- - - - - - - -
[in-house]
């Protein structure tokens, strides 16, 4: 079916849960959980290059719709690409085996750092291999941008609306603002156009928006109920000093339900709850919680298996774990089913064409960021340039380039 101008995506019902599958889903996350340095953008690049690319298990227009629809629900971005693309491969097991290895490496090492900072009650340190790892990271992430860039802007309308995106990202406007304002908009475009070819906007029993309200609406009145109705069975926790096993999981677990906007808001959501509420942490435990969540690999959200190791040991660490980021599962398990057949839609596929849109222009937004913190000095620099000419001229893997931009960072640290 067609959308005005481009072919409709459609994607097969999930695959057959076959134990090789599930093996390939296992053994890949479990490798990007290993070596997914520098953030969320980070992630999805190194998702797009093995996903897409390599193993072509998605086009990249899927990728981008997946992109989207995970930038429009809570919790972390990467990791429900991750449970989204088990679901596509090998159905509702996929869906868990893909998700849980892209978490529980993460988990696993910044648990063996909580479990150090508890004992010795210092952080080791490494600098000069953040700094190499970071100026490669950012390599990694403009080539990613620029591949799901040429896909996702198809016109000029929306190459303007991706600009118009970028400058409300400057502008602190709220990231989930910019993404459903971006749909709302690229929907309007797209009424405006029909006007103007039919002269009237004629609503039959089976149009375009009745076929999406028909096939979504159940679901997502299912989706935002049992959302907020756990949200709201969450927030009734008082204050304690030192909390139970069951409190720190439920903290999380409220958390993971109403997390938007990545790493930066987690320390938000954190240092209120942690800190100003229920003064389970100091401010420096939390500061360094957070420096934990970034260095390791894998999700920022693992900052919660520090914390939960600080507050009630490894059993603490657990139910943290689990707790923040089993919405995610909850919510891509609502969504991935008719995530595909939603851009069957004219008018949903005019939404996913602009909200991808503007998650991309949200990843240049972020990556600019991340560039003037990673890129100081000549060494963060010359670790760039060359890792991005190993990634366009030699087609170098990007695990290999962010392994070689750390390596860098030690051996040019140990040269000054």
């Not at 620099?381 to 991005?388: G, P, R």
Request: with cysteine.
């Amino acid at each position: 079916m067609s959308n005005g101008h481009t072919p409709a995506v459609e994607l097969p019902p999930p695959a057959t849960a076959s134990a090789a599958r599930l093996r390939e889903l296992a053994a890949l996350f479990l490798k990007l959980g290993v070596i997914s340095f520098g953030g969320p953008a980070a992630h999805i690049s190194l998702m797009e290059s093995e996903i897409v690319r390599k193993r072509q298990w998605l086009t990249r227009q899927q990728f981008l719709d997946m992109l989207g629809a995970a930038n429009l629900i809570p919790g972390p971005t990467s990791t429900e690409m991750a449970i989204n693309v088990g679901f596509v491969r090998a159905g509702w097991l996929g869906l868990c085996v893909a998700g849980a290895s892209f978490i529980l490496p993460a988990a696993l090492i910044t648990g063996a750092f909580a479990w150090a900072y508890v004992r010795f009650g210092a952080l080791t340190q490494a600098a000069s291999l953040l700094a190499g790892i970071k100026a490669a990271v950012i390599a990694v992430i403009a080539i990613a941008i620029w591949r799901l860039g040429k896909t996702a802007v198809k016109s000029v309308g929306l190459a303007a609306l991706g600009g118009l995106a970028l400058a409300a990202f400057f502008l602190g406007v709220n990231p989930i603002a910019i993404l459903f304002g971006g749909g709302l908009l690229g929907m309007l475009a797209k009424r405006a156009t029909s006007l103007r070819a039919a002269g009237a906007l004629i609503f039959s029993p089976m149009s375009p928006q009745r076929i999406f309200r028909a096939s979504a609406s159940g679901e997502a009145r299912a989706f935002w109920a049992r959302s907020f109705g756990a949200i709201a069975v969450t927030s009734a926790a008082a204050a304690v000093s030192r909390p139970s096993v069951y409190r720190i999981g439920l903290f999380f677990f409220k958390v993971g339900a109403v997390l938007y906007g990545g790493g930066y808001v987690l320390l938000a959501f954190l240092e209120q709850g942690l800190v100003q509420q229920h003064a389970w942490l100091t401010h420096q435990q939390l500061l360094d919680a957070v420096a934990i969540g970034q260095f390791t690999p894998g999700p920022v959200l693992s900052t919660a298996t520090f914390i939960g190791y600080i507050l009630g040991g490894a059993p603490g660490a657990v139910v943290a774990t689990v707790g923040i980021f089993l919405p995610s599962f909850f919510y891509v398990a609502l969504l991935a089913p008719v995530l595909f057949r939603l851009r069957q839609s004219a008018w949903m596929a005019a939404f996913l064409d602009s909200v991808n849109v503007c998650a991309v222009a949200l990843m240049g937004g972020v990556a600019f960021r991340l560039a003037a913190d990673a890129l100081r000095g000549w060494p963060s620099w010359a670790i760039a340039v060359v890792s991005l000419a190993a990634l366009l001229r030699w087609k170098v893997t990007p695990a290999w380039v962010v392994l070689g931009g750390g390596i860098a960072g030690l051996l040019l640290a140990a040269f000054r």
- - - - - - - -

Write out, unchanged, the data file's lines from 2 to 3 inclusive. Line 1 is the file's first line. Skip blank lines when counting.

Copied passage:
């Protein structure tokens, strides 16, 4: 079916849960959980290059719709690409085996750092291999941008609306603002156009928006109920000093339900709850919680298996774990089913064409960021340039380039 101008995506019902599958889903996350340095953008690049690319298990227009629809629900971005693309491969097991290895490496090492900072009650340190790892990271992430860039802007309308995106990202406007304002908009475009070819906007029993309200609406009145109705069975926790096993999981677990906007808001959501509420942490435990969540690999959200190791040991660490980021599962398990057949839609596929849109222009937004913190000095620099000419001229893997931009960072640290 067609959308005005481009072919409709459609994607097969999930695959057959076959134990090789599930093996390939296992053994890949479990490798990007290993070596997914520098953030969320980070992630999805190194998702797009093995996903897409390599193993072509998605086009990249899927990728981008997946992109989207995970930038429009809570919790972390990467990791429900991750449970989204088990679901596509090998159905509702996929869906868990893909998700849980892209978490529980993460988990696993910044648990063996909580479990150090508890004992010795210092952080080791490494600098000069953040700094190499970071100026490669950012390599990694403009080539990613620029591949799901040429896909996702198809016109000029929306190459303007991706600009118009970028400058409300400057502008602190709220990231989930910019993404459903971006749909709302690229929907309007797209009424405006029909006007103007039919002269009237004629609503039959089976149009375009009745076929999406028909096939979504159940679901997502299912989706935002049992959302907020756990949200709201969450927030009734008082204050304690030192909390139970069951409190720190439920903290999380409220958390993971109403997390938007990545790493930066987690320390938000954190240092209120942690800190100003229920003064389970100091401010420096939390500061360094957070420096934990970034260095390791894998999700920022693992900052919660520090914390939960600080507050009630490894059993603490657990139910943290689990707790923040089993919405995610909850919510891509609502969504991935008719995530595909939603851009069957004219008018949903005019939404996913602009909200991808503007998650991309949200990843240049972020990556600019991340560039003037990673890129100081000549060494963060010359670790760039060359890792991005190993990634366009030699087609170098990007695990290999962010392994070689750390390596860098030690051996040019140990040269000054």
């Not at 620099?381 to 991005?388: G, P, R």